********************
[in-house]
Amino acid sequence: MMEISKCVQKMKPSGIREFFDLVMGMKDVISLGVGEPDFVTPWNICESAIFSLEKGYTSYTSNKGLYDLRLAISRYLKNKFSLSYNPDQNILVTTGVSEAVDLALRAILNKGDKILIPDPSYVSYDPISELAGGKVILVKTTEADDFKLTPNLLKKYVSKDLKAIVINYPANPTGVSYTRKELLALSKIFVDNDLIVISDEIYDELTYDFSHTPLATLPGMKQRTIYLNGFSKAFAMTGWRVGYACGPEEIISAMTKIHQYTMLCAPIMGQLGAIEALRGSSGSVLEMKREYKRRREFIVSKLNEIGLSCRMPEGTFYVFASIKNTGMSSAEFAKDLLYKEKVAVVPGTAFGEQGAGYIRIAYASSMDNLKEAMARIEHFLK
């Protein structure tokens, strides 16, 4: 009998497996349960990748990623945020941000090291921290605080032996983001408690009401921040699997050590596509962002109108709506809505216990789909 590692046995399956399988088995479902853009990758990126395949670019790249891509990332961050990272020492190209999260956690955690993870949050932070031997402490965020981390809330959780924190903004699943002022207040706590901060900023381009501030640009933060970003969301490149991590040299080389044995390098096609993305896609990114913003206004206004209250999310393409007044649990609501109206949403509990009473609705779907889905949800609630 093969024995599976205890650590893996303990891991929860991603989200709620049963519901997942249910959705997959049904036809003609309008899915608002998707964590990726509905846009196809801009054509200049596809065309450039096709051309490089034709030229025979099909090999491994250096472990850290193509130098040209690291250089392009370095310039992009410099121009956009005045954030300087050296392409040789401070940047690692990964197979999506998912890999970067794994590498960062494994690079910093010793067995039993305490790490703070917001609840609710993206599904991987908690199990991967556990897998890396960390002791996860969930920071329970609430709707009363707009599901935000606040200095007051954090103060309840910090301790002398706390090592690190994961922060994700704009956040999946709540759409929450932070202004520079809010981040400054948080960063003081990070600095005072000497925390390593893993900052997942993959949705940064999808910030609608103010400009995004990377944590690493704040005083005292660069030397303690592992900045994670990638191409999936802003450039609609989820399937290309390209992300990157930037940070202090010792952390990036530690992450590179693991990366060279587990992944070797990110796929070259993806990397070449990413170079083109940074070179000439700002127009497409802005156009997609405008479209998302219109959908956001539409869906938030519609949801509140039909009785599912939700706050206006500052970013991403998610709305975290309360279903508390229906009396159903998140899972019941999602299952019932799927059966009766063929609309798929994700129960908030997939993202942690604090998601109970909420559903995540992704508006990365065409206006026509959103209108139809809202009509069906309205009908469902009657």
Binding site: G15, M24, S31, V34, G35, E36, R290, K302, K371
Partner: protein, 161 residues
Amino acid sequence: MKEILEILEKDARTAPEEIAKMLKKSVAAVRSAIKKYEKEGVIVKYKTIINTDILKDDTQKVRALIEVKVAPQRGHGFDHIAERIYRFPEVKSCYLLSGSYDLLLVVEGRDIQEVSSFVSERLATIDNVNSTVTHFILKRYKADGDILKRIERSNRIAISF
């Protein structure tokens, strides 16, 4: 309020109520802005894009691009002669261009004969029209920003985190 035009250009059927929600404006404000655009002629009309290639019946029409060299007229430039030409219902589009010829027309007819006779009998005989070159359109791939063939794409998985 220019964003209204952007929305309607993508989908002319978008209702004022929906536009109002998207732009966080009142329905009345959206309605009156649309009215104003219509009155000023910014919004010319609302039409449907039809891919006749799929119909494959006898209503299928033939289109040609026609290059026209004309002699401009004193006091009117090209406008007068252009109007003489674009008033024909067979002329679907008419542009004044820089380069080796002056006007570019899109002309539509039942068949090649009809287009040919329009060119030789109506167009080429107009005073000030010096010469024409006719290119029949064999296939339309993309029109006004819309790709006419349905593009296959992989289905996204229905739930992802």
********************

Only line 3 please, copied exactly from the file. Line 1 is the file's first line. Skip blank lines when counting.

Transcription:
């Protein structure tokens, strides 16, 4: 009998497996349960990748990623945020941000090291921290605080032996983001408690009401921040699997050590596509962002109108709506809505216990789909 590692046995399956399988088995479902853009990758990126395949670019790249891509990332961050990272020492190209999260956690955690993870949050932070031997402490965020981390809330959780924190903004699943002022207040706590901060900023381009501030640009933060970003969301490149991590040299080389044995390098096609993305896609990114913003206004206004209250999310393409007044649990609501109206949403509990009473609705779907889905949800609630 093969024995599976205890650590893996303990891991929860991603989200709620049963519901997942249910959705997959049904036809003609309008899915608002998707964590990726509905846009196809801009054509200049596809065309450039096709051309490089034709030229025979099909090999491994250096472990850290193509130098040209690291250089392009370095310039992009410099121009956009005045954030300087050296392409040789401070940047690692990964197979999506998912890999970067794994590498960062494994690079910093010793067995039993305490790490703070917001609840609710993206599904991987908690199990991967556990897998890396960390002791996860969930920071329970609430709707009363707009599901935000606040200095007051954090103060309840910090301790002398706390090592690190994961922060994700704009956040999946709540759409929450932070202004520079809010981040400054948080960063003081990070600095005072000497925390390593893993900052997942993959949705940064999808910030609608103010400009995004990377944590690493704040005083005292660069030397303690592992900045994670990638191409999936802003450039609609989820399937290309390209992300990157930037940070202090010792952390990036530690992450590179693991990366060279587990992944070797990110796929070259993806990397070449990413170079083109940074070179000439700002127009497409802005156009997609405008479209998302219109959908956001539409869906938030519609949801509140039909009785599912939700706050206006500052970013991403998610709305975290309360279903508390229906009396159903998140899972019941999602299952019932799927059966009766063929609309798929994700129960908030997939993202942690604090998601109970909420559903995540992704508006990365065409206006026509959103209108139809809202009509069906309205009908469902009657």